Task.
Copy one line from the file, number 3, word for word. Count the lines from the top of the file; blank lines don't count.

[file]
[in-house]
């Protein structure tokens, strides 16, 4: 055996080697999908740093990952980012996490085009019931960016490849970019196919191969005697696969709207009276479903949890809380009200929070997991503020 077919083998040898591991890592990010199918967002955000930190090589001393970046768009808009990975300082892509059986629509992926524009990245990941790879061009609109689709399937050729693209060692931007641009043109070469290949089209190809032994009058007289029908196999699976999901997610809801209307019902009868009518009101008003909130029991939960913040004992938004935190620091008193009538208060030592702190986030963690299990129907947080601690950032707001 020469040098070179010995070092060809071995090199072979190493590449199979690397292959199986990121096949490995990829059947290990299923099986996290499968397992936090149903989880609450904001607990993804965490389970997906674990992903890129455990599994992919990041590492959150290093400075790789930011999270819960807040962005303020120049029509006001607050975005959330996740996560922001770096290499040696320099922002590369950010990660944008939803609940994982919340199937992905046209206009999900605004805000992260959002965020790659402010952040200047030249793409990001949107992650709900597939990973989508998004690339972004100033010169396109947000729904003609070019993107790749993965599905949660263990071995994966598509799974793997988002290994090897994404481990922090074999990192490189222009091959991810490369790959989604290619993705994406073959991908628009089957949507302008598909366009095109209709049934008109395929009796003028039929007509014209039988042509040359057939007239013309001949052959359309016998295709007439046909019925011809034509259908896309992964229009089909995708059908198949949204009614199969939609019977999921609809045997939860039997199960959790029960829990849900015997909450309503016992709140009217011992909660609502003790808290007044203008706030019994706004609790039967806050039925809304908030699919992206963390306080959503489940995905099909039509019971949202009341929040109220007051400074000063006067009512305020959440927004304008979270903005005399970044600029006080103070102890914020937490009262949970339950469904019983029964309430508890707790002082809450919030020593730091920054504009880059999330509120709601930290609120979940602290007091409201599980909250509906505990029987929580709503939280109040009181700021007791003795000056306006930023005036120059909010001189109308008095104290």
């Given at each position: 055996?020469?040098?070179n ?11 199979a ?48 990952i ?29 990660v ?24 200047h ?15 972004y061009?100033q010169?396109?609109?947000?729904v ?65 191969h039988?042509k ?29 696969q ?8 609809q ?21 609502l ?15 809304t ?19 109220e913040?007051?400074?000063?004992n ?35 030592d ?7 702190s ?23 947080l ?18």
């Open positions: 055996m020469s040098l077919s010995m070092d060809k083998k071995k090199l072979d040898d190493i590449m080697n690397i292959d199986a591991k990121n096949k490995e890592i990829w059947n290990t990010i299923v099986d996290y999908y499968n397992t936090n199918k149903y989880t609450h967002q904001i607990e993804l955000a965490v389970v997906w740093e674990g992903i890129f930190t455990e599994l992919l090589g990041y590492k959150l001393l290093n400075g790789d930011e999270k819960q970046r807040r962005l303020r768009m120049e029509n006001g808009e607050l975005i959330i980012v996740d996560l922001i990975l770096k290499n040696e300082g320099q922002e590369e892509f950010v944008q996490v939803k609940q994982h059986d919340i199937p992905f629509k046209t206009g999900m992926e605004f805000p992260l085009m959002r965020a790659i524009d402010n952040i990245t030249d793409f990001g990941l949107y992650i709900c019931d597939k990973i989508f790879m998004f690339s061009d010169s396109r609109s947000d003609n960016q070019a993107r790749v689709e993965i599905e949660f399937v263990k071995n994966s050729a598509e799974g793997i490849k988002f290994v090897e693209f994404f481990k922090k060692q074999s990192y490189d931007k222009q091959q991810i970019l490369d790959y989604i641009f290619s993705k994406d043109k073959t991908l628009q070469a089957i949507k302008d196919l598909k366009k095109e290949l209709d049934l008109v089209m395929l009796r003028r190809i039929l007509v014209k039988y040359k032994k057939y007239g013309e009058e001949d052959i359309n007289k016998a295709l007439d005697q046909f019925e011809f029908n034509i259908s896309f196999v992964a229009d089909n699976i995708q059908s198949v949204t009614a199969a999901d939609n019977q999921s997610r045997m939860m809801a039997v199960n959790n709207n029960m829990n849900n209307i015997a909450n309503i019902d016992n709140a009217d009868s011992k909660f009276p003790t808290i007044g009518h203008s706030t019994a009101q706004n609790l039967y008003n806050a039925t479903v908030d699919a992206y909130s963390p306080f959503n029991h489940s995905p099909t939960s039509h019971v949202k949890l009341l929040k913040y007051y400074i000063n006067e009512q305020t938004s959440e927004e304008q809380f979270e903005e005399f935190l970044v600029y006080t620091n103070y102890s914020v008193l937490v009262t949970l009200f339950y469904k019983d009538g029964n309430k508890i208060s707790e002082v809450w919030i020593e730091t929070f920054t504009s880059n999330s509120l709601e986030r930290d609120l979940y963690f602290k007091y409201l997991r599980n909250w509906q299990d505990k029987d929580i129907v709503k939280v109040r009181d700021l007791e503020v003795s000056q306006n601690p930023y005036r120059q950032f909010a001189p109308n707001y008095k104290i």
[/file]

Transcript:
């Given at each position: 055996?020469?040098?070179n ?11 199979a ?48 990952i ?29 990660v ?24 200047h ?15 972004y061009?100033q010169?396109?609109?947000?729904v ?65 191969h039988?042509k ?29 696969q ?8 609809q ?21 609502l ?15 809304t ?19 109220e913040?007051?400074?000063?004992n ?35 030592d ?7 702190s ?23 947080l ?18």